Wednesday, July 09, 2008

Is It Possible to Build a Fortune and Keep Your Soul?

Publisher, mogul Felix Dennis, founder of Dennis Publishing Ltd. who publishes Maxim Magazine as well as nineteen other publications, and author of How to Get Rich, amassed a fortune, estimated at around $1 billion. Mr. Dennis claims one must be ruthless and that the "sliver of ice" present in all of us must surface and expand in order to become super-wealthy, filthy-rich or insanely affluent...well, you get the point.

Mr. Dennis asserts that the pie is finite. If a person wants to join the very few whose single portion is larger than half the population's portion combined, he or she must hog his piece of the pie at the expense of many...it's common sense. In other words, "Don't be evil" is more than naive when you choose to join the ranks of those who rule the world.

As I was listening to Tom Ashbrook, host of On Point, interview Mr. Dennis about his book, Mr. Dennis made it abundantly clear that he was not talking about successful, or well-off, or even rich people...in fact, he considers millionaires poor. That should give you an idea of the scale of wealth he is targeting.

Then, along comes Ms. Rosabeth Moss Kanter, an Ernest L. Arbuckle Professor of Business Administration at Harvard, and author of more than seventeen books, and who I'm sure is brilliant. She totally dismissed what Mr. Dennis has to say without attempting to understand his point. I think after she heard drugs and whores, everything else Mr. Dennis had to say went in one ear and out the other. Immediately, after calling him a pig, she defended Bill Gates, the Google boys and others, claiming they had stable families, stable lives and remained drug/whore free. In addition, she didn't seem to grasp Mr. Dennis was referring only to those who have amassed a huge fortune. Tom Ashbrook, who is one of my favorites, didn't seem to get it either.

What is there to get? Aside from the fact that Mr. Dennis repeatedly made it clear he was only referring to the infinitesimally small percentage at the top of the "food chain" and that people (a woman who called into the show who did seem to comprehend) who were trying to accumulate wealth to take care of their disabled children's future - who own one house with a mortgage, and that even though they can afford two nannies, this sector of the population are not the focus of Mr. Dennis' book.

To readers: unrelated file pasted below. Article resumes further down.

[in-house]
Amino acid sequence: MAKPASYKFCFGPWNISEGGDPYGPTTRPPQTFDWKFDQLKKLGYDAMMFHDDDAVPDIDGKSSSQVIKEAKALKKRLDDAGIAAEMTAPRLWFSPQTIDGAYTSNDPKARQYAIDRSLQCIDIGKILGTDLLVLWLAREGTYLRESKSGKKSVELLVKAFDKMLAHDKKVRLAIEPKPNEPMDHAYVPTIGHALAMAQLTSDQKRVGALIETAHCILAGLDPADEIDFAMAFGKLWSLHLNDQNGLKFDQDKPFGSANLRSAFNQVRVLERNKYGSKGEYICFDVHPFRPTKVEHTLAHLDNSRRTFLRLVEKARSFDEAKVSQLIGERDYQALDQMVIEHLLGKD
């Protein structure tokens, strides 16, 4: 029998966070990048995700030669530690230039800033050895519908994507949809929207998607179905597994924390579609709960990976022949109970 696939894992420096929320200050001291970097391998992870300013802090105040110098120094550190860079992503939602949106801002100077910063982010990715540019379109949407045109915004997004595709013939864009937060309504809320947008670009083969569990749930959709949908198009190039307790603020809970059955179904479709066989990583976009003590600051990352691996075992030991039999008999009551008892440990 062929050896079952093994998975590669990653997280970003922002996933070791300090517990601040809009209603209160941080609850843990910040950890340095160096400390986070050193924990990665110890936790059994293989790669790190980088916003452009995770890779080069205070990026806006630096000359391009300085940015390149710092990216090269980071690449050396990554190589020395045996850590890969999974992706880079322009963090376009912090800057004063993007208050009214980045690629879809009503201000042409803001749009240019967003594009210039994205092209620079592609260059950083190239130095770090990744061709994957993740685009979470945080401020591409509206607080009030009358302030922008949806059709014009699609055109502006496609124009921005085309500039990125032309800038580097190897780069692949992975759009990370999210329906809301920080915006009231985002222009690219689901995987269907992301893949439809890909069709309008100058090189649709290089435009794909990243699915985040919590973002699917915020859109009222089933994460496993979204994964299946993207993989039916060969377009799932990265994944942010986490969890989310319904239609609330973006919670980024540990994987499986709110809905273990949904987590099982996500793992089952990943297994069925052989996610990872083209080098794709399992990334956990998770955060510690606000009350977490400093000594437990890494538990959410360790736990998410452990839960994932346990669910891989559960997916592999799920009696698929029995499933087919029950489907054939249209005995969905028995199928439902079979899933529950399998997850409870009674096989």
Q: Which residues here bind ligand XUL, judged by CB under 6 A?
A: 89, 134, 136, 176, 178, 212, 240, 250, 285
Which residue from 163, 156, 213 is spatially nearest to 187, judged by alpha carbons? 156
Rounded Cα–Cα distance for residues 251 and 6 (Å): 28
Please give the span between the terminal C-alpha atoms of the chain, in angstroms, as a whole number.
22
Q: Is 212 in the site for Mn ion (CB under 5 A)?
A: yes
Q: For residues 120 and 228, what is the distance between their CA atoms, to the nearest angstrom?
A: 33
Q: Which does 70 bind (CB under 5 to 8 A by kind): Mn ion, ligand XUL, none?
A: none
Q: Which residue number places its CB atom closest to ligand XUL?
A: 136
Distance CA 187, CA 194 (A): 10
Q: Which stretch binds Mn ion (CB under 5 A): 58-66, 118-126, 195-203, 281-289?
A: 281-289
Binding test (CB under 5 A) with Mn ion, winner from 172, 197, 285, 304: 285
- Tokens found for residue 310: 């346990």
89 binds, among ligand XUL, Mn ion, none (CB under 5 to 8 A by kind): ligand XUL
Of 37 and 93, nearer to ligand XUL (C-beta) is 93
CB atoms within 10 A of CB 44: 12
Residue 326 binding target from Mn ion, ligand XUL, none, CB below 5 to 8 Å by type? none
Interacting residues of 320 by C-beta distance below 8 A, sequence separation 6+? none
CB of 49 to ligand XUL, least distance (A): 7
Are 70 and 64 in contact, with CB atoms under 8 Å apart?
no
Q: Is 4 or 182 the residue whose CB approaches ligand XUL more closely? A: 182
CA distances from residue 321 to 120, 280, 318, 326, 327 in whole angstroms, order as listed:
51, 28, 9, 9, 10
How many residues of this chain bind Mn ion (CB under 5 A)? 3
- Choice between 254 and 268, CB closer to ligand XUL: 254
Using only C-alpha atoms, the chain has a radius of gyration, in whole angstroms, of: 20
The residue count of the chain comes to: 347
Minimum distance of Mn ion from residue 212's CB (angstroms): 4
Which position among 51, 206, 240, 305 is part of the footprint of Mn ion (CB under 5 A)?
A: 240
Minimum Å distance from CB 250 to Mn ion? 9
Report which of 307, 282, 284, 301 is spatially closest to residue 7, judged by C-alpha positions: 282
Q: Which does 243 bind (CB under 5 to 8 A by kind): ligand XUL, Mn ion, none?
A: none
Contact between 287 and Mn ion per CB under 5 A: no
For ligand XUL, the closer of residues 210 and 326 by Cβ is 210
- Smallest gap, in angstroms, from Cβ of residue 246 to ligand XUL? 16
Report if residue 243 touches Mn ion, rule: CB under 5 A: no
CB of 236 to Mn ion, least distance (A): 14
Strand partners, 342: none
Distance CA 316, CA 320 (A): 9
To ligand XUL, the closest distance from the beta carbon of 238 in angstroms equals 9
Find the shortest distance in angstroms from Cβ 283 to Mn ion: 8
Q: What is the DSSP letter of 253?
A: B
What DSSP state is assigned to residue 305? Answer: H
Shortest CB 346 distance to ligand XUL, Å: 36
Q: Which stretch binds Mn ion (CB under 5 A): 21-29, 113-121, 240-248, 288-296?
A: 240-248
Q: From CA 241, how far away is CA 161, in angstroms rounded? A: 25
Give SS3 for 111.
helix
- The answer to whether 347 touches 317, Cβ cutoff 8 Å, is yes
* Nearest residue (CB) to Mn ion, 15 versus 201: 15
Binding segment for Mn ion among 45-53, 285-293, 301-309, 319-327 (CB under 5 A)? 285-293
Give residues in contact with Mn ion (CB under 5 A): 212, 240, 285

Even more importantly, both Mr. Ashbrook and Professor Kanter seemed to focus only on ruthless behavior that blatantly manifests itself as addiction to sex, drugs and rock 'n' roll. Never mind, the "invisible" brutal, cutthroat decisions individuals en route to King Midas status must make fairly often. You know, those decisions that might result in the destruction, and possibly the death of thousands here and around the globe; those decisions that compromise the integrity of our Constitution; those decisions that might contribute to the collapse of our financial system...little things like that.

It is impossible to profit on the scale Mr. Dennis is talking about without first, activating that "sliver of ice" he mentioned, so that ice water can mingle and flow freely through the veins of those driven toward that goal. Relatively speaking, the Google boys and Bill Gates may appear to be teddy bears in comparison with the robber barons of previous centuries, however it's very difficult to measure the "ruthlessness" of the hyper elite today versus a time when the people's sense of morality was limited by ignorance; the level of technology only slightly more advanced than Bedrock; and a decent education, rare.

Let's forget the sex, drugs and rock 'n' roll; the decisions that lead to atrocity and annihilation. Isn't the act of acquiring the level of excess wealth Mr. Dennis refers too, a little ruthless in and of itself, considering the number of people suffering from the lack of basic necessities? Remember, Mr. Dennis is not questioning the value of people like Bill Gates and the Google boys to society, as they have literally transformed and revolutionized our world in ways we could only imagine a few years ago. They may be worth every penny, however, a certain degree of an individual's humanity must be sacrificed in the process. I believe that's all Mr. Dennis was trying to say and I admire him for having the courage to illuminate the pitfalls and unsavory aspects of creating immense wealth.

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